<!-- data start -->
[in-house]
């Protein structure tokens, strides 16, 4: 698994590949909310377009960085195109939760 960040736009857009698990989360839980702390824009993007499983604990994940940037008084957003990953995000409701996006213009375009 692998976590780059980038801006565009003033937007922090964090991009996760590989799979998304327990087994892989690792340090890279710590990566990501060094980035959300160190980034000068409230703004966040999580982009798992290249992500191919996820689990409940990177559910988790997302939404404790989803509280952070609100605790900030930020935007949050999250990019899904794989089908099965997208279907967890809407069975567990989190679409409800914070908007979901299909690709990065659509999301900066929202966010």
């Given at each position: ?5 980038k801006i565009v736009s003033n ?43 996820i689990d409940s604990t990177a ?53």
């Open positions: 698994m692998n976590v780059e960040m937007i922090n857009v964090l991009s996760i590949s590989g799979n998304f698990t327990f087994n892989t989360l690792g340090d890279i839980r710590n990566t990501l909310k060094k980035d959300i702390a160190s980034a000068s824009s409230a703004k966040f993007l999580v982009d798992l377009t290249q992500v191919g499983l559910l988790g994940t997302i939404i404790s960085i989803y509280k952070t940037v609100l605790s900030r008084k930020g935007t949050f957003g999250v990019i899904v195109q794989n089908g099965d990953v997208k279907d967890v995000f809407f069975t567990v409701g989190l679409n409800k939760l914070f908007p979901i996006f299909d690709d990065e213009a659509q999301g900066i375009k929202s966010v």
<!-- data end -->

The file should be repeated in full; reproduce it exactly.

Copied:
[in-house]
């Protein structure tokens, strides 16, 4: 698994590949909310377009960085195109939760 960040736009857009698990989360839980702390824009993007499983604990994940940037008084957003990953995000409701996006213009375009 692998976590780059980038801006565009003033937007922090964090991009996760590989799979998304327990087994892989690792340090890279710590990566990501060094980035959300160190980034000068409230703004966040999580982009798992290249992500191919996820689990409940990177559910988790997302939404404790989803509280952070609100605790900030930020935007949050999250990019899904794989089908099965997208279907967890809407069975567990989190679409409800914070908007979901299909690709990065659509999301900066929202966010």
């Given at each position: ?5 980038k801006i565009v736009s003033n ?43 996820i689990d409940s604990t990177a ?53």
């Open positions: 698994m692998n976590v780059e960040m937007i922090n857009v964090l991009s996760i590949s590989g799979n998304f698990t327990f087994n892989t989360l690792g340090d890279i839980r710590n990566t990501l909310k060094k980035d959300i702390a160190s980034a000068s824009s409230a703004k966040f993007l999580v982009d798992l377009t290249q992500v191919g499983l559910l988790g994940t997302i939404i404790s960085i989803y509280k952070t940037v609100l605790s900030r008084k930020g935007t949050f957003g999250v990019i899904v195109q794989n089908g099965d990953v997208k279907d967890v995000f809407f069975t567990v409701g989190l679409n409800k939760l914070f908007p979901i996006f299909d690709d990065e213009a659509q999301g900066i375009k929202s966010v």